CSI 2212F/G Childhood & the Law
|Winter 2021 - Thursdays 8:30a-11:30a
Antirequisite: CSI 2250, 2253, 2256
CSI Program Advisor: Jessica Sommers
Tel: 519.433.3491 / 1.800-265.4406, ext. 4503
|Dr. Patrick Ryan
Office: DL 127
Hours: Online 12-1p W and Th
This course will provide a foundation for the study of childhood and the law. By examining specific cases, statutes, treaties, and practices, students will have an opportunity to increase their understanding of the most relevant doctrines, principles, and debates about childhood in Canadian legal and political culture.
READINGS: all readings are provided free of charge through the course schedule.
11 appellate court opinions between 25-50 pages
Approximately 16-20 additional documents, scholarly articles, and news reports to contextualize the case reports.
Moot Court Preparation
|Moot Court Participation
Case Analysis Paper
|35% (Feb. 28)|
Asynchronic Recorded Lectures: In light of the fact that almost all students are staying away from campus, the lecture components will be recorded and made available online. This will provide time for mooting cases in groups of 11-13 on Zoom, and for the lectures to be viewed before hand to help you prepare for your weekly speaking role.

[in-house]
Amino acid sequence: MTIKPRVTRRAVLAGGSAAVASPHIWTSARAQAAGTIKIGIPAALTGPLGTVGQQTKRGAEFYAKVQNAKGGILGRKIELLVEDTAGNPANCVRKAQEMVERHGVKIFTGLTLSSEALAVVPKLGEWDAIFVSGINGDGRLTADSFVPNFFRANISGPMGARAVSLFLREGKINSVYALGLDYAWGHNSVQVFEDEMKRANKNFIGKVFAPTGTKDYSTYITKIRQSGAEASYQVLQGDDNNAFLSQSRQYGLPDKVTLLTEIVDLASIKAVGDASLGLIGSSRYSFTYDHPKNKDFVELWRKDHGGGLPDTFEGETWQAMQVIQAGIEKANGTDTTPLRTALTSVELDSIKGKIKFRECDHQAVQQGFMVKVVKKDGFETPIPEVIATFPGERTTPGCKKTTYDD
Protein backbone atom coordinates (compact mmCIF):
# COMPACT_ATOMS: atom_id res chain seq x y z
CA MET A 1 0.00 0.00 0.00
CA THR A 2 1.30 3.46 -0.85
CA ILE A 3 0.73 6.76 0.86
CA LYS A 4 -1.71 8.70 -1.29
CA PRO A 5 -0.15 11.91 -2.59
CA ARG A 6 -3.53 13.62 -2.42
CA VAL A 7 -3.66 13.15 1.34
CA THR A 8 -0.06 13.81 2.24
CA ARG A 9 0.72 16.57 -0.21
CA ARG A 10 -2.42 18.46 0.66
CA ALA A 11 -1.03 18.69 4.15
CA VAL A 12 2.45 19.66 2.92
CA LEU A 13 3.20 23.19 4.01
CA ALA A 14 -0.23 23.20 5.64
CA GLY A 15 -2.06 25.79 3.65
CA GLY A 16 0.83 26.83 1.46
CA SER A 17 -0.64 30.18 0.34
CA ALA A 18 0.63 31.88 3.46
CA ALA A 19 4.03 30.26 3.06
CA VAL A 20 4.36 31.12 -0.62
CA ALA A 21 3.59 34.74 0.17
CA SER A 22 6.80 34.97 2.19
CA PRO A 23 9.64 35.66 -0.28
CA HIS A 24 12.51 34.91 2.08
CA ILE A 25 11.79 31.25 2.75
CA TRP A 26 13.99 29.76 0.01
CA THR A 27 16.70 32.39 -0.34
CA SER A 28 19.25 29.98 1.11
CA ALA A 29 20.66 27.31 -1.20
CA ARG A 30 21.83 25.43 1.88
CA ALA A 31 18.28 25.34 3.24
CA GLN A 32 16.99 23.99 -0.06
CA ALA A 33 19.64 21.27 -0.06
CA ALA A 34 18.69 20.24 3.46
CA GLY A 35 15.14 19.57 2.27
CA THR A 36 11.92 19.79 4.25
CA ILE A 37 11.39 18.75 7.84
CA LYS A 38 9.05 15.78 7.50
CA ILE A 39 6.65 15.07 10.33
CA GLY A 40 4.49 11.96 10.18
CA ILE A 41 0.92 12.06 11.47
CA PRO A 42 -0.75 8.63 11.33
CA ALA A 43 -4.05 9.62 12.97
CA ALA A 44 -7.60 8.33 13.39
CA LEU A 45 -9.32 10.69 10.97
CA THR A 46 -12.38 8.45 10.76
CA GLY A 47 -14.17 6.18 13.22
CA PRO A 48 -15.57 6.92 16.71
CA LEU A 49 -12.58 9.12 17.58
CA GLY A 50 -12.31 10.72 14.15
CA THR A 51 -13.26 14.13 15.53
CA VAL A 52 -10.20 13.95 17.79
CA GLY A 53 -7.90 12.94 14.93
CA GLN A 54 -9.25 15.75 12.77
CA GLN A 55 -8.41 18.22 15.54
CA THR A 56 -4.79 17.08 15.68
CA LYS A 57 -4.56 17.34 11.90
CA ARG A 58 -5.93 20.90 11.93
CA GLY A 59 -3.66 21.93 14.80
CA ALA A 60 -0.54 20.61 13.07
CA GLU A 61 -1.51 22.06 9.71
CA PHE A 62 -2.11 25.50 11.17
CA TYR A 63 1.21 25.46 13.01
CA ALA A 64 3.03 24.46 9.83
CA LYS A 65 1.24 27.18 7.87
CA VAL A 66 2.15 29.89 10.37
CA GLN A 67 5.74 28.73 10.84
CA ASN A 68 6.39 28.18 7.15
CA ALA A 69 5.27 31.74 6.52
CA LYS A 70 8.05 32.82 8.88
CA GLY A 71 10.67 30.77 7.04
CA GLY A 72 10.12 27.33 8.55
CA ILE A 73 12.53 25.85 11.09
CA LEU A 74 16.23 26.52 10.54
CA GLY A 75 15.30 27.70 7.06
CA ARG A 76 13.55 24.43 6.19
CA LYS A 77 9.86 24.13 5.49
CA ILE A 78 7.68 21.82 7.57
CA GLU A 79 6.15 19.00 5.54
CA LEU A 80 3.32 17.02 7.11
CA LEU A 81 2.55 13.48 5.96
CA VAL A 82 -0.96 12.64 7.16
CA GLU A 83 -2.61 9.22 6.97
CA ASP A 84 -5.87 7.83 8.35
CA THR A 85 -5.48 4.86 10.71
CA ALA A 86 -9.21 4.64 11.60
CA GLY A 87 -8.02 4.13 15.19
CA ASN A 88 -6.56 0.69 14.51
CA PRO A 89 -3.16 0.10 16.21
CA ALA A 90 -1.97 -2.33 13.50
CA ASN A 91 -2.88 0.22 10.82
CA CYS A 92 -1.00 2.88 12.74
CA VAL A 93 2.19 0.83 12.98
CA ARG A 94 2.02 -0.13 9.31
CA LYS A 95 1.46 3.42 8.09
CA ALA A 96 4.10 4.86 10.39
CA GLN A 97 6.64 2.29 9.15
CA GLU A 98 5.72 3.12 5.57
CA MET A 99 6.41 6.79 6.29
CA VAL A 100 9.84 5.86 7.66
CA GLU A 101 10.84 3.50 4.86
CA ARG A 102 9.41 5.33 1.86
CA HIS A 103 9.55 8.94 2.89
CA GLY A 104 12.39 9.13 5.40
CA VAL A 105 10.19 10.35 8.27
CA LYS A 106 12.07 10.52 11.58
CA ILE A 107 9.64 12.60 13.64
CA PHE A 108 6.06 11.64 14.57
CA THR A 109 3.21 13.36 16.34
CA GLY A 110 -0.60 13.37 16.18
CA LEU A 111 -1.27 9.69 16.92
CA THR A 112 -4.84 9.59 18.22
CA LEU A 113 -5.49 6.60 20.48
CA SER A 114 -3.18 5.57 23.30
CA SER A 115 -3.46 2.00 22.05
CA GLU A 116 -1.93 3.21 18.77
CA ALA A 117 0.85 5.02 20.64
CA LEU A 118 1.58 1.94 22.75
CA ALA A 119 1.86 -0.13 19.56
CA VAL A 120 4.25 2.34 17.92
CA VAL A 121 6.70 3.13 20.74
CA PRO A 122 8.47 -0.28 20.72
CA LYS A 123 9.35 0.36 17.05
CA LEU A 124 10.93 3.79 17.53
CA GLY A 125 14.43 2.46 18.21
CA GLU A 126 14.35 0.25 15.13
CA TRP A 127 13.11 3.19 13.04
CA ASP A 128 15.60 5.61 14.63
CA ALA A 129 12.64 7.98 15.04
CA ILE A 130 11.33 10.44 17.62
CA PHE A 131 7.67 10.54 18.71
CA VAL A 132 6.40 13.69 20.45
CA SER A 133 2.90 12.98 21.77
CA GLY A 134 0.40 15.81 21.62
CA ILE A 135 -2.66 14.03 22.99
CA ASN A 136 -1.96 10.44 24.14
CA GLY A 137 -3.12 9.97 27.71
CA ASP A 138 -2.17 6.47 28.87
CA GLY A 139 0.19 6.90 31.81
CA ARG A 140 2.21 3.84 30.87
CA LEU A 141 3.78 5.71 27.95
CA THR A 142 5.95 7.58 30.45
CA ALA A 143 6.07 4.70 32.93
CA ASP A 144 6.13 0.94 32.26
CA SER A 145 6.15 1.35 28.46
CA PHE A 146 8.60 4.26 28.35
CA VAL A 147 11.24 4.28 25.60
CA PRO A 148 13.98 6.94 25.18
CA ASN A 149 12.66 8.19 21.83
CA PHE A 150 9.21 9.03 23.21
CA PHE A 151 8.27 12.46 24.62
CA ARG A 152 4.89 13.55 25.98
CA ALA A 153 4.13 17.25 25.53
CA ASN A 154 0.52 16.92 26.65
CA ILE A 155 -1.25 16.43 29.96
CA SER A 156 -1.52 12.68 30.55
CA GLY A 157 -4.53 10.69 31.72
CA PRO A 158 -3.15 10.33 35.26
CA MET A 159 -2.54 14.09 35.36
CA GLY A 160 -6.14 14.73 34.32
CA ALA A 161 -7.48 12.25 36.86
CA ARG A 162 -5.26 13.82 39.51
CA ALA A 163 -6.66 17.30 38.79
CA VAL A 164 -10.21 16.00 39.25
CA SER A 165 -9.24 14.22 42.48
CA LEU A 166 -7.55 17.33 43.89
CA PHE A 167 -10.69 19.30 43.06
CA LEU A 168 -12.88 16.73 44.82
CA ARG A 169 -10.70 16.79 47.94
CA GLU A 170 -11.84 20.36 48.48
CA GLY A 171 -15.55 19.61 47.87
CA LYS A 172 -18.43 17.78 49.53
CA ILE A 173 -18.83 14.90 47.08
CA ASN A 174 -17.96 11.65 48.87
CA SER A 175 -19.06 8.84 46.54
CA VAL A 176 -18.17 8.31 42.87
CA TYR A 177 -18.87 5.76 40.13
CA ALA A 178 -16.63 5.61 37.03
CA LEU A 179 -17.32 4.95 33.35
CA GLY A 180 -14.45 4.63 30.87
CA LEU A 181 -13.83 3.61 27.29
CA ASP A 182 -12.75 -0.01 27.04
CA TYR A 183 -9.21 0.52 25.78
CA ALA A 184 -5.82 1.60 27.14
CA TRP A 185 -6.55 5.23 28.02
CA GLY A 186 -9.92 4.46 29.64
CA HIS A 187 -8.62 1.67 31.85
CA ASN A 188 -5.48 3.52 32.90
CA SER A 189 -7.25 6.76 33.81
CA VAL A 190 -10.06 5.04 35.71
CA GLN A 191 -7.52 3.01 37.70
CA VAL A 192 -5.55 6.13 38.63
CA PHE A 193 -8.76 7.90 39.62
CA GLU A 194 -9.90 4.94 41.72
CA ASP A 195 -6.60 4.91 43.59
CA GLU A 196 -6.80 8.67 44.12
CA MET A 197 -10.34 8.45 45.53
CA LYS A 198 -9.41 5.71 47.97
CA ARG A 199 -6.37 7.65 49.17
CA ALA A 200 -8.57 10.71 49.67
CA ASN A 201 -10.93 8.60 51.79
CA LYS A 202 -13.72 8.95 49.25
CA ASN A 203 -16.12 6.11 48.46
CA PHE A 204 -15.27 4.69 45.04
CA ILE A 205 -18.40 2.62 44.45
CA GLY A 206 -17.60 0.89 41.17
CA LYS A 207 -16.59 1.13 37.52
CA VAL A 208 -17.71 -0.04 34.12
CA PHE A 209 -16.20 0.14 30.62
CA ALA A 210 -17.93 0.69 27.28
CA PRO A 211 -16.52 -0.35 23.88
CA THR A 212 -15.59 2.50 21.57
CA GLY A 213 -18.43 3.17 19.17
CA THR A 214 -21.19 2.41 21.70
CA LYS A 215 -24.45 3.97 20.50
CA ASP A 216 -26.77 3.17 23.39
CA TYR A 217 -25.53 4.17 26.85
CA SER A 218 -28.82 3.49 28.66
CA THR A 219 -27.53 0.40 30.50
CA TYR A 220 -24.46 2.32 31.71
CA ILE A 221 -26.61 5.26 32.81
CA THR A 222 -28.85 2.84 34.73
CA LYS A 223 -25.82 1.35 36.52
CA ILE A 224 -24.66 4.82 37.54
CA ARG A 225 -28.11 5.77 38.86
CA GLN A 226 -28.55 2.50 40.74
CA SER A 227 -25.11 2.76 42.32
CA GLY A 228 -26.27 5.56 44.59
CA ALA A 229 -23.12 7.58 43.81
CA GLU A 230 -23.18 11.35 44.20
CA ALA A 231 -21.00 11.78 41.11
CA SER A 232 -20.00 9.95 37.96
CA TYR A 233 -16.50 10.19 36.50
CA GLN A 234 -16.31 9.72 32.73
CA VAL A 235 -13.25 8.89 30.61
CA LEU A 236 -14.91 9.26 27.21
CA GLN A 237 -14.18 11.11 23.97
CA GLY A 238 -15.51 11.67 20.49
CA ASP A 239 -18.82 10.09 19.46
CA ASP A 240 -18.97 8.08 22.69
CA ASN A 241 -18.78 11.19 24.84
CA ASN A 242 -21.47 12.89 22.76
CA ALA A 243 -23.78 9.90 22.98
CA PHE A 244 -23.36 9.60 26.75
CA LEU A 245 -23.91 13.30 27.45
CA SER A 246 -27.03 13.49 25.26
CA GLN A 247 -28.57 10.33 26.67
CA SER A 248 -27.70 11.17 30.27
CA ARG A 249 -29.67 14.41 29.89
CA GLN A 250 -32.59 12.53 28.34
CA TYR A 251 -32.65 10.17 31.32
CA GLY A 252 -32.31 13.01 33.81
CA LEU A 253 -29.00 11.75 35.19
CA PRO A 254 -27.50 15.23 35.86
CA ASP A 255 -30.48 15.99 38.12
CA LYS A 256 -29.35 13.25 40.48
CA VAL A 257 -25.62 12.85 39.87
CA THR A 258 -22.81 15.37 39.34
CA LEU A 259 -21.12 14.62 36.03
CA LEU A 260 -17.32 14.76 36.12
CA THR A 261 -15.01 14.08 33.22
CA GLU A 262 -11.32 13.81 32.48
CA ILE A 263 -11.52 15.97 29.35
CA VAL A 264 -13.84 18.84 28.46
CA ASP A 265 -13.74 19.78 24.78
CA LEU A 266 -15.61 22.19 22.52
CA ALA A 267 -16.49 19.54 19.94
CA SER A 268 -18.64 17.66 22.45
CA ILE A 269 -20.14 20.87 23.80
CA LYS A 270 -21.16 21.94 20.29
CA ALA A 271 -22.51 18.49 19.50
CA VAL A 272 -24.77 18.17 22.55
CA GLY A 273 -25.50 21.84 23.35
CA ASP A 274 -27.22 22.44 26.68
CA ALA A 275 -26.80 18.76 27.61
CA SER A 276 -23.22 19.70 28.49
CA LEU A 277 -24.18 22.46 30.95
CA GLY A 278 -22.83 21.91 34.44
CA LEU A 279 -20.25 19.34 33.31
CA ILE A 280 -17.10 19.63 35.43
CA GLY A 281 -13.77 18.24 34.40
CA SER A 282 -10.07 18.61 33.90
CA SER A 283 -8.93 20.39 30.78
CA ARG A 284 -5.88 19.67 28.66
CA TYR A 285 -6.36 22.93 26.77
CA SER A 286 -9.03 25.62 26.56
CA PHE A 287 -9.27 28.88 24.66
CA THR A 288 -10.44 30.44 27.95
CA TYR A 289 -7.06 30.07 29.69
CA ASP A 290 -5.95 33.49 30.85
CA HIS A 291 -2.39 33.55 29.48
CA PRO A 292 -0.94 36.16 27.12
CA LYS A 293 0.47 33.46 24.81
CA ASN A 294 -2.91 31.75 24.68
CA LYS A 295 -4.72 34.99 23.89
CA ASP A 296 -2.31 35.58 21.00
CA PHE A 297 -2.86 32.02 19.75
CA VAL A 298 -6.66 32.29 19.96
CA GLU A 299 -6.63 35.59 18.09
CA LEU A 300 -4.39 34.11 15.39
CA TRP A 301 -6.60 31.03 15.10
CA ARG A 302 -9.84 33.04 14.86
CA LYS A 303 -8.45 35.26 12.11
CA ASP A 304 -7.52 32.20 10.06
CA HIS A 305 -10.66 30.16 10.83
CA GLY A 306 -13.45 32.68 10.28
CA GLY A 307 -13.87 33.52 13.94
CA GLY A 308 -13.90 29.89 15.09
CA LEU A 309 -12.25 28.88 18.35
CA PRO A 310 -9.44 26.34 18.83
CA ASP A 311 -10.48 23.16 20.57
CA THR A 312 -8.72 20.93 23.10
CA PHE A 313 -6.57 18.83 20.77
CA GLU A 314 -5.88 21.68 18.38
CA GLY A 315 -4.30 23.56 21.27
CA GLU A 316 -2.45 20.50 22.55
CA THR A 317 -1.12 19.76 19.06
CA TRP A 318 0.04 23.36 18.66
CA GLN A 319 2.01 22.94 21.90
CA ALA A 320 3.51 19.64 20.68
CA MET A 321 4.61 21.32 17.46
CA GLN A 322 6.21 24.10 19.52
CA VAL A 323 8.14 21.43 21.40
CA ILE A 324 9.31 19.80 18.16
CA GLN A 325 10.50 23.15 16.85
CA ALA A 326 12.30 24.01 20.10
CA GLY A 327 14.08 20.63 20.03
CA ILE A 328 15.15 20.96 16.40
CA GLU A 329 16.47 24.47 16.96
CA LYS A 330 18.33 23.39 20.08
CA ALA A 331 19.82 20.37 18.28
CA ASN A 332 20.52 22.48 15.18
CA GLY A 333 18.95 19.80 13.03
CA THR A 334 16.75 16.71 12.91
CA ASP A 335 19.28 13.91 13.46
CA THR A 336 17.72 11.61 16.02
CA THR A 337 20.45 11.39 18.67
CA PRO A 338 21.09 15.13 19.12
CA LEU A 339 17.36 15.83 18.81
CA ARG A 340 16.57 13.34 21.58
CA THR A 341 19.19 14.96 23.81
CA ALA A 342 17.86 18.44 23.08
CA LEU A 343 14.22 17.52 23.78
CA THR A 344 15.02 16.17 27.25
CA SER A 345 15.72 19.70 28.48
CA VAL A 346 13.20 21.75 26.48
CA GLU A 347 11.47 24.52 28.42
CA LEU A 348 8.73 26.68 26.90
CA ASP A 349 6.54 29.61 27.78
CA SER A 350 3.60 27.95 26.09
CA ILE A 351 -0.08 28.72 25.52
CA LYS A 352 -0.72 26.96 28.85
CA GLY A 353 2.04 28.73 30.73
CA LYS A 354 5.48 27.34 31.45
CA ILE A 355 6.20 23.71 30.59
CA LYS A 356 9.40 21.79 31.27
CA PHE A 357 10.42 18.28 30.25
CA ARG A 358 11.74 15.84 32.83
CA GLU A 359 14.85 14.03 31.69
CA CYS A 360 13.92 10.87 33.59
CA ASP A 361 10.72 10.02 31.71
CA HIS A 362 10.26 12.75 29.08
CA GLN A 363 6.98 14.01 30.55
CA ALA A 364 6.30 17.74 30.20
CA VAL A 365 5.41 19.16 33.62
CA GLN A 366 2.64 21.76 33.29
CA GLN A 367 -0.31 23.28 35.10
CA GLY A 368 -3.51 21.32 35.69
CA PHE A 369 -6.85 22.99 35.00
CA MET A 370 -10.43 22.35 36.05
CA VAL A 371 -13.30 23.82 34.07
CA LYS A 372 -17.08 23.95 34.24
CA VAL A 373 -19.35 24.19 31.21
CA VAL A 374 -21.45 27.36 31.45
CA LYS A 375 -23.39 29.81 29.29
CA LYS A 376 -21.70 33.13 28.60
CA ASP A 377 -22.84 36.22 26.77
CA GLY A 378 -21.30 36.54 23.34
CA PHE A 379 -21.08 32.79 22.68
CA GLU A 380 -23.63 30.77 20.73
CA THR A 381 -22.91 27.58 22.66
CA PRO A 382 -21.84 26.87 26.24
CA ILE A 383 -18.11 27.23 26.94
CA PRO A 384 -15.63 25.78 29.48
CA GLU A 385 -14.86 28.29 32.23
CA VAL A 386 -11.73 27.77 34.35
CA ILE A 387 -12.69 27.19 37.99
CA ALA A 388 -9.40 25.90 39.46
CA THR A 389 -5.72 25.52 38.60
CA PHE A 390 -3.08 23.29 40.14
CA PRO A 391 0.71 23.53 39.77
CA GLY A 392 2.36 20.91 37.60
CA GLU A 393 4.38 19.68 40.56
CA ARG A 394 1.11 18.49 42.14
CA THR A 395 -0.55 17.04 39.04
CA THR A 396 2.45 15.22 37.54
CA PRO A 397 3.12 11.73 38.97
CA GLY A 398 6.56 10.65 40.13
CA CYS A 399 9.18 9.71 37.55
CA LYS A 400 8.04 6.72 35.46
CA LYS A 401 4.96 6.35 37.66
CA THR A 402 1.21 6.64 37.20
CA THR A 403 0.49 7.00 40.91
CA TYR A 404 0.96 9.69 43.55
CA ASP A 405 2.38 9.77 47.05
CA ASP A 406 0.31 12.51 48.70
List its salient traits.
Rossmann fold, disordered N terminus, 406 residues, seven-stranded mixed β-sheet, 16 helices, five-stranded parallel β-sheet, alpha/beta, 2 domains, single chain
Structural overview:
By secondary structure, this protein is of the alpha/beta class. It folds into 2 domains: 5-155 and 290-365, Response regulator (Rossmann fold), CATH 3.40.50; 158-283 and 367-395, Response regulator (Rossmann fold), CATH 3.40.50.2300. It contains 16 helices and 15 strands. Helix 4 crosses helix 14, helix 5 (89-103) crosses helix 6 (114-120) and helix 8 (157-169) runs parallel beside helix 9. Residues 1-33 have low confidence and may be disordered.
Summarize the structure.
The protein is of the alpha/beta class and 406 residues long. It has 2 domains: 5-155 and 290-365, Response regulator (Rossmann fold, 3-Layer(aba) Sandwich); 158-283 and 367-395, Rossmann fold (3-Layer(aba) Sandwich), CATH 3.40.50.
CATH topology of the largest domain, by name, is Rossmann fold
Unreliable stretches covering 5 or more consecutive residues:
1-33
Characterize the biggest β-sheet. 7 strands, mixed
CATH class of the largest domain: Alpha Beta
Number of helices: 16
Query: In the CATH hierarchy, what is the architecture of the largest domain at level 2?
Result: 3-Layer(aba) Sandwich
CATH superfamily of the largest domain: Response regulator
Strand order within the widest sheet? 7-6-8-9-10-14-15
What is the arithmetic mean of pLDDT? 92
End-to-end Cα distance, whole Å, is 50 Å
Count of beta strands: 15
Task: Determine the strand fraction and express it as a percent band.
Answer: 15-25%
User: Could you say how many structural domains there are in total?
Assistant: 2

Synchronic Mooting on Zoom: We will dedicate our 'live' classtime to mooting exercises. A moot introduces students to legal concepts, doctrines, dillemas through role play. The typical 'moot' is roleplaying among students of a fabricated appeal asking a court to overturn a lower court's action or interpretation of law. Our moots will differ by assigning you a role each week for working through a leading case in Canadian law.
Working weekly (viewing the lecture, reading the documents, submitting your brief to OWL), will prepare you to play your role in the moot. Submitting the preparation on OWL is worth 10% of your mark, and the quality of your performance and your willingness to be seen or heard will constitute another 25%. These weekly events will pave the way for success on the paper and the final exam.
Minimum Attendance Requirement: Students must attend, and be heard and seen, a minimum of 6 of 11 sessions; failure to do so will result in a 10% penalty in the course. The attendance requirement includes the expectation that students will schedule all appointments and other responsibilities to avoid conflicts with the course. If health issues demand a prolonged absence, or if you require other academic accommodation, you must meet with the course instructor and provide documentation to the Dean's Office.
The Case Analysis Paper: It will constitute 35% of your mark. I hope to avoid assigning penalties for late papers. They may be avoided if extensions are requested in advance. Otherwise, a two-mark deduction will be taken for each of the first three days late, and a 5-mark deduction for each day thereafter. Two-weeks after the due date or at the conclusion of the term (which ever is first) a zero will be assigned for the paper.